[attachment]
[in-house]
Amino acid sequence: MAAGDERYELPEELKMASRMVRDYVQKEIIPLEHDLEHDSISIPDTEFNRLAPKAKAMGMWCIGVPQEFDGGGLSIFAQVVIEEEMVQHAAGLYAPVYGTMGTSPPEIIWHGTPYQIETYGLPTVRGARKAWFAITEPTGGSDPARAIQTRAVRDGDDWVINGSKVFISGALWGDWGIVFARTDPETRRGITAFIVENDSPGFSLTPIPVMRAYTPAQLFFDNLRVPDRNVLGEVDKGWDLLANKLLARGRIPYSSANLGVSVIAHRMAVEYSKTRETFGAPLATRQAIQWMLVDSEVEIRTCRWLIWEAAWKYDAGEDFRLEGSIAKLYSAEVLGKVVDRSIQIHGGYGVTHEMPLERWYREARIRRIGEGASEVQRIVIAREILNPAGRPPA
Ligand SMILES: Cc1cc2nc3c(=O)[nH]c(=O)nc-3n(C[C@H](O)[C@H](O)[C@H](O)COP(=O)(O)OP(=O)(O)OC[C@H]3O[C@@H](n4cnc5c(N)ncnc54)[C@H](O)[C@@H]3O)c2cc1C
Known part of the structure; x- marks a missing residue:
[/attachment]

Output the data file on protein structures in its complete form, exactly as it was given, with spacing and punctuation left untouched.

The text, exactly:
[in-house]
Amino acid sequence: MAAGDERYELPEELKMASRMVRDYVQKEIIPLEHDLEHDSISIPDTEFNRLAPKAKAMGMWCIGVPQEFDGGGLSIFAQVVIEEEMVQHAAGLYAPVYGTMGTSPPEIIWHGTPYQIETYGLPTVRGARKAWFAITEPTGGSDPARAIQTRAVRDGDDWVINGSKVFISGALWGDWGIVFARTDPETRRGITAFIVENDSPGFSLTPIPVMRAYTPAQLFFDNLRVPDRNVLGEVDKGWDLLANKLLARGRIPYSSANLGVSVIAHRMAVEYSKTRETFGAPLATRQAIQWMLVDSEVEIRTCRWLIWEAAWKYDAGEDFRLEGSIAKLYSAEVLGKVVDRSIQIHGGYGVTHEMPLERWYREARIRRIGEGASEVQRIVIAREILNPAGRPPA
Ligand SMILES: Cc1cc2nc3c(=O)[nH]c(=O)nc-3n(C[C@H](O)[C@H](O)[C@H](O)COP(=O)(O)OP(=O)(O)OC[C@H]3O[C@@H](n4cnc5c(N)ncnc54)[C@H](O)[C@@H]3O)c2cc1C
Known part of the structure; x- marks a missing residue: